Lenovo debuts computer tablet
The logo of Lenovo is displayed at a computer center in Shanghai on August 19, 2010.
Stacey Vanek Smith: China-based Lenovo debuts its tablet computer today. Lenovo hopes its ThinkPad tablet will be the new Apple iPad, but it's a tough world for tablets. Last week, HP discontinued its TouchPad after less than two months on the market.
Marketplace's David Gura has more.
David Gura: When you hear the phrase "tablet computer," odds are, you'll think of the iPad. Apple introduced the device last year, and since then, it's sold more than 25 million.
Jayson Noland is with Robert W. Baird and Company.
Jayson Noland: It's really tough for other companies -- even companies the size of HP -- to break into that effectively.
Noland says that's because the Apple tablet came first.
Noland: A great product attracts users, which attracts developers, which attracts more users, and it's kind of a winner-take-all market.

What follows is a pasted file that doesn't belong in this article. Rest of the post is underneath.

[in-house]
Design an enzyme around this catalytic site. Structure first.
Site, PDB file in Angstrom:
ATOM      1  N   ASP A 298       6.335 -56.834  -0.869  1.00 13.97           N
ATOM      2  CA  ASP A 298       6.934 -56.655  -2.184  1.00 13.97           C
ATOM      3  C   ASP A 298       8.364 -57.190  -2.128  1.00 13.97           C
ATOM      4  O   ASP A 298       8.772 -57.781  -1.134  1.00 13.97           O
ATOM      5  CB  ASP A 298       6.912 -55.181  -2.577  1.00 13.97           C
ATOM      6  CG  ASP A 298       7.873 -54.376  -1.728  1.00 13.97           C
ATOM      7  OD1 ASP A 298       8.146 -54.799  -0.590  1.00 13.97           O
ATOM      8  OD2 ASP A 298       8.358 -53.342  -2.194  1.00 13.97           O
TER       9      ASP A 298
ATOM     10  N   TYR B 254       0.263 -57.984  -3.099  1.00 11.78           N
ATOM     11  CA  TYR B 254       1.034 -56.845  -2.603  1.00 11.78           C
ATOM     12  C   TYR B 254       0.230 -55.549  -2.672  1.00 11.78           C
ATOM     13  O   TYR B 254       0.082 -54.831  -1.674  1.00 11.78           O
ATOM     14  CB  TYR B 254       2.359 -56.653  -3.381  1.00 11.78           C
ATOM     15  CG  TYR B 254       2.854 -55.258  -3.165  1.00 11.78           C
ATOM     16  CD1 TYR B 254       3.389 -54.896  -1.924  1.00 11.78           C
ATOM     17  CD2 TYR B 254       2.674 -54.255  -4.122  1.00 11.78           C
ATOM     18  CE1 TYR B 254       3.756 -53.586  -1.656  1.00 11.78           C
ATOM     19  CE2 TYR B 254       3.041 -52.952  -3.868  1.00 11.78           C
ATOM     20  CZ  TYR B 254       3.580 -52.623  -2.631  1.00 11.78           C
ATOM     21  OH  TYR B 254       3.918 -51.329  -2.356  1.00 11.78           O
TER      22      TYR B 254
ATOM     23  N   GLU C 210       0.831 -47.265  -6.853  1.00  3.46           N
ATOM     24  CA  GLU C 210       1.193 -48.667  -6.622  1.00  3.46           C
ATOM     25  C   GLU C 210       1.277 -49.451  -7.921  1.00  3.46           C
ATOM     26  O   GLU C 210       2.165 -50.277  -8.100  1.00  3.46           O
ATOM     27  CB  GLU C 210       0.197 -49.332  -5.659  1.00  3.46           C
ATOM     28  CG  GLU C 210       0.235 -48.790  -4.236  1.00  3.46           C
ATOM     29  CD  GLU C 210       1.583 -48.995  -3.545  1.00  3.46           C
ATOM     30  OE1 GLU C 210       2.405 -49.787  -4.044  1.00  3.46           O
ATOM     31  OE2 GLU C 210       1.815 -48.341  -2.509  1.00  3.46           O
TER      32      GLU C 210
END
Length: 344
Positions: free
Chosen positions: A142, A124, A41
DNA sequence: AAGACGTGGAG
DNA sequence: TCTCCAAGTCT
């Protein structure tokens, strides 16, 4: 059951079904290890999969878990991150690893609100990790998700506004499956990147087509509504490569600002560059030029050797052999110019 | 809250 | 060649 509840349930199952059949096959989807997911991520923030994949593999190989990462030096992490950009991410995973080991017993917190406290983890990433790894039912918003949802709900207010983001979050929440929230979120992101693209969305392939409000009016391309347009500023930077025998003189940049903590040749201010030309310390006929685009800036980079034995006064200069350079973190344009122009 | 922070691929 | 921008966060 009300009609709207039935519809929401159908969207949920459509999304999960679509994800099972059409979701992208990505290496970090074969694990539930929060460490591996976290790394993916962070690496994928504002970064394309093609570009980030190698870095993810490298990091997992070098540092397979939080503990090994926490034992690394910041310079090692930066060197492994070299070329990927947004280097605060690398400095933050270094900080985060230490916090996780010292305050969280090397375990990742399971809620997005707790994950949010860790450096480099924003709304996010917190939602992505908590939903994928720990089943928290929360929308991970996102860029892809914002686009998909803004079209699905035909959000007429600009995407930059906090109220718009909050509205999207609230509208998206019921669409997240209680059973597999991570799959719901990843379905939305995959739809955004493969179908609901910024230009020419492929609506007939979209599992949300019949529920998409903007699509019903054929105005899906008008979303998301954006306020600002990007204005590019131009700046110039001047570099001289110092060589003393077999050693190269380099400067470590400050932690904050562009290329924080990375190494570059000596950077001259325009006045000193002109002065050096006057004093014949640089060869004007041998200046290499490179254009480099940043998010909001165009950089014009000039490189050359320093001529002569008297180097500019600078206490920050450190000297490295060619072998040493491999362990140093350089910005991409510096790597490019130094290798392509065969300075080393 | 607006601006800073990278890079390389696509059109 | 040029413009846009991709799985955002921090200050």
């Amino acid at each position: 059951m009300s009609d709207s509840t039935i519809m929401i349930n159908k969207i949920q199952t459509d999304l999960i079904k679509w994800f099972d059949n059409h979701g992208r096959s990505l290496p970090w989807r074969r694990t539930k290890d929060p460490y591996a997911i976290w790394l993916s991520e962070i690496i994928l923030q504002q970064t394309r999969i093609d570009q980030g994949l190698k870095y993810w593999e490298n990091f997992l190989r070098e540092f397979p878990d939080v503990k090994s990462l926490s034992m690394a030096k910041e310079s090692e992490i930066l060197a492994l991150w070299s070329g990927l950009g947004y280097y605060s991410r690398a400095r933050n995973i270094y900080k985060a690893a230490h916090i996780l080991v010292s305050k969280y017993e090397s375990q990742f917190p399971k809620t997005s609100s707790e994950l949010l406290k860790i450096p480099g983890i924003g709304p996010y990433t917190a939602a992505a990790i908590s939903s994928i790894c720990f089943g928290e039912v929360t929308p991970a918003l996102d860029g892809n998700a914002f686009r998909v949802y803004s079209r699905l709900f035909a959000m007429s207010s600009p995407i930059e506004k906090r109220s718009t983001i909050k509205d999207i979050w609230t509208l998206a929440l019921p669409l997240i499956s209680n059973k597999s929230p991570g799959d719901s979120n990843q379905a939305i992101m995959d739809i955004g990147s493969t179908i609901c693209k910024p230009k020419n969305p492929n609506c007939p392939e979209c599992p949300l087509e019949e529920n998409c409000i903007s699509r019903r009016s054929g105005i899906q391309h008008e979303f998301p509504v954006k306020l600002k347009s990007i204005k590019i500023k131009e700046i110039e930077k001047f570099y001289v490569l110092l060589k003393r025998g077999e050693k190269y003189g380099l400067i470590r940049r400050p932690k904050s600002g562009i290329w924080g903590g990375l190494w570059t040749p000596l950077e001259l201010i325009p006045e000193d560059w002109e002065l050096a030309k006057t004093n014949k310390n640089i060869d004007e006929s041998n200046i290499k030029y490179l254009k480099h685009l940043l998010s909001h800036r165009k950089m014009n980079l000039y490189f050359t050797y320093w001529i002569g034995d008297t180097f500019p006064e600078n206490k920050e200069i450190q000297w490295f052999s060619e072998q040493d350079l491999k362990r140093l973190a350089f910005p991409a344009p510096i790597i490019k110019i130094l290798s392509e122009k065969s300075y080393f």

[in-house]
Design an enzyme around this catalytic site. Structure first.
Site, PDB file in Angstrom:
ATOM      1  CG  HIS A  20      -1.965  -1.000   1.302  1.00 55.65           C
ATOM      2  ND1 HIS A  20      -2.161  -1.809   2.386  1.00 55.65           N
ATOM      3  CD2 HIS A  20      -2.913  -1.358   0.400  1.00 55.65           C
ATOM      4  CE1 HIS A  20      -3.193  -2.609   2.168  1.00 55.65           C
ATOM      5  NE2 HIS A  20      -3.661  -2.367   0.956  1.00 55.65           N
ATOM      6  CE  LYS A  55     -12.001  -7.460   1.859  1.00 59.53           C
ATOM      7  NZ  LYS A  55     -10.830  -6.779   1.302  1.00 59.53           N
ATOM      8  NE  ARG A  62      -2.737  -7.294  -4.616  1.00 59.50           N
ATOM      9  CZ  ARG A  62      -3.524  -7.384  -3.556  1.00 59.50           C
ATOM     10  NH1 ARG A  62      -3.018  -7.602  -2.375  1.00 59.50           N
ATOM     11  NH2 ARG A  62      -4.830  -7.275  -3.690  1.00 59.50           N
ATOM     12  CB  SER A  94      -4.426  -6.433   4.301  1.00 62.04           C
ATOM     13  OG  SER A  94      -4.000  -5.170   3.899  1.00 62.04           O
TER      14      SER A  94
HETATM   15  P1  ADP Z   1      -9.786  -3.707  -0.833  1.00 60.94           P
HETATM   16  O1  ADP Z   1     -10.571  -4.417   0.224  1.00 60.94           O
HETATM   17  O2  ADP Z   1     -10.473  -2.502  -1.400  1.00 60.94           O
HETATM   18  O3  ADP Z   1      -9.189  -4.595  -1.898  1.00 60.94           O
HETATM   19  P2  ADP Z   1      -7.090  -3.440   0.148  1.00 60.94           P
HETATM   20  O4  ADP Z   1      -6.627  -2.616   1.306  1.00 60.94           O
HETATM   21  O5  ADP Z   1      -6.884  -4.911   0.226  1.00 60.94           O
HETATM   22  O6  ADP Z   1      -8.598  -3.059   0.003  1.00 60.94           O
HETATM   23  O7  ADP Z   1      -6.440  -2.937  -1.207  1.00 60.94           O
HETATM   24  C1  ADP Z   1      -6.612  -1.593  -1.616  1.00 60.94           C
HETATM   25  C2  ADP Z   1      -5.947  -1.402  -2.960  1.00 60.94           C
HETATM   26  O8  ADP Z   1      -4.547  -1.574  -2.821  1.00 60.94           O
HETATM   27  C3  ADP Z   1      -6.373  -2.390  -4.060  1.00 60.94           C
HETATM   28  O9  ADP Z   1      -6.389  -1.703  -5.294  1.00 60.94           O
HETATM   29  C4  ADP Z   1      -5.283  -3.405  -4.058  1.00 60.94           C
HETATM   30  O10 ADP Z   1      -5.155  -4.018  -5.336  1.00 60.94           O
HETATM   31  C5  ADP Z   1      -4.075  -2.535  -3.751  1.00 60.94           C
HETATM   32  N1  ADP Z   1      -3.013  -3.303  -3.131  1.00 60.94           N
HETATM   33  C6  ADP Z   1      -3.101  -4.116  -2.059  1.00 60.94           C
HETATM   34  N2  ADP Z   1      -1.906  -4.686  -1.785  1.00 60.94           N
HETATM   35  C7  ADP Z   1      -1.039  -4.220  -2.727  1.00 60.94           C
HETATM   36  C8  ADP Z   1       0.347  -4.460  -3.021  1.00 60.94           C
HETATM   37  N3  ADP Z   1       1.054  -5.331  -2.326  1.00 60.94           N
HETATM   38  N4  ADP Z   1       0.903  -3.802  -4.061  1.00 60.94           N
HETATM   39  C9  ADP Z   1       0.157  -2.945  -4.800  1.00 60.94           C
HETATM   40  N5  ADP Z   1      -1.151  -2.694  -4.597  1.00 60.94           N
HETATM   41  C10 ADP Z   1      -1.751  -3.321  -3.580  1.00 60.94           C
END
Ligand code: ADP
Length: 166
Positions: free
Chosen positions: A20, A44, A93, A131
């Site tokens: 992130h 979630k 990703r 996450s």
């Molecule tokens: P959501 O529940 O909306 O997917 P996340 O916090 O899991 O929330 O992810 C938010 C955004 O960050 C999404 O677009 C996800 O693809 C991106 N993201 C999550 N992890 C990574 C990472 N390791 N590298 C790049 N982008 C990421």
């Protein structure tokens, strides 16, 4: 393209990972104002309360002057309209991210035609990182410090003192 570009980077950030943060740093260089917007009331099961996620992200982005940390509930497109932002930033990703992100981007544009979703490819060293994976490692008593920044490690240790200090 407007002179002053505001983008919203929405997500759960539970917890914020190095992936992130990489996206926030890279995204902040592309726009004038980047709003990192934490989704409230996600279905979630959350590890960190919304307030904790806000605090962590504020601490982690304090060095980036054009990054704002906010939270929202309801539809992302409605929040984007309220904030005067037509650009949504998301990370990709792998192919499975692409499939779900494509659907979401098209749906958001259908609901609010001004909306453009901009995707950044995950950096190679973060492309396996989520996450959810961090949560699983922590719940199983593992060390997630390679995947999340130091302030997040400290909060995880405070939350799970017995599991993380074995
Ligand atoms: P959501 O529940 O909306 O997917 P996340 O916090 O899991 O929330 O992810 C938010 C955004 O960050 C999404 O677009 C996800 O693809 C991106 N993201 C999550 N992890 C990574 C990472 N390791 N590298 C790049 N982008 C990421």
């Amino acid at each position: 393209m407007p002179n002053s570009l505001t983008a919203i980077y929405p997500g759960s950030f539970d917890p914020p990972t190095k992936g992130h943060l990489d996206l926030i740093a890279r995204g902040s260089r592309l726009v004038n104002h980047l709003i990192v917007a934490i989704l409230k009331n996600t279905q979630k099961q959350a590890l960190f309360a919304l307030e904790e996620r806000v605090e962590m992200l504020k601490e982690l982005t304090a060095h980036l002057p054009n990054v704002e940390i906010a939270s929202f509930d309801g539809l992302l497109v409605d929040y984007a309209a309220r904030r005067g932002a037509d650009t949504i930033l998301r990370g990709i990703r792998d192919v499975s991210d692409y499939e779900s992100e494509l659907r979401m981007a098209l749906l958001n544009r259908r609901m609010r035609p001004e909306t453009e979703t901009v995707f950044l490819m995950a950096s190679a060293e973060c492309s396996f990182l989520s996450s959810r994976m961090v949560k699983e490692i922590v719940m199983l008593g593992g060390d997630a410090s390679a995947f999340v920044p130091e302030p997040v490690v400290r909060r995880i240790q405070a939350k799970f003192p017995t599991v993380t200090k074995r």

Other companies entered the race late, and they're trying to catch up. There are tablets that run on the Android operating system, and there's the BlackBerry PlayBook.
Carl Howe is a tech analyst with the Yankee Group. He says companies should stop trying to copy Apple.
Carl Howe: I think one of the things that some of the other companies have to do is create new experiences that are different than the iPad.
It appeals to consumers, who want to watch movies and listen to music and read e-books. Starting today, Lenovo is marketing its ThinkPad tablet to business users. And there's another thing companies may want to keep in mind:
Larry Dignan: Price matters.
That's Larry Dignan, the editor of the tech site ZDNet. iPads start at almost $500. If a competitor can make a device that's less expensive, he says, that'll have broad appeal. Last weekend, HP tried to get rid of those Touchpad tablets it discontinued. They were on sale for just $99. Dignan says they flew off store shelves -- and HP's site couldn't keep up with the traffic.
In Washington, I'm David Gura for Marketplace.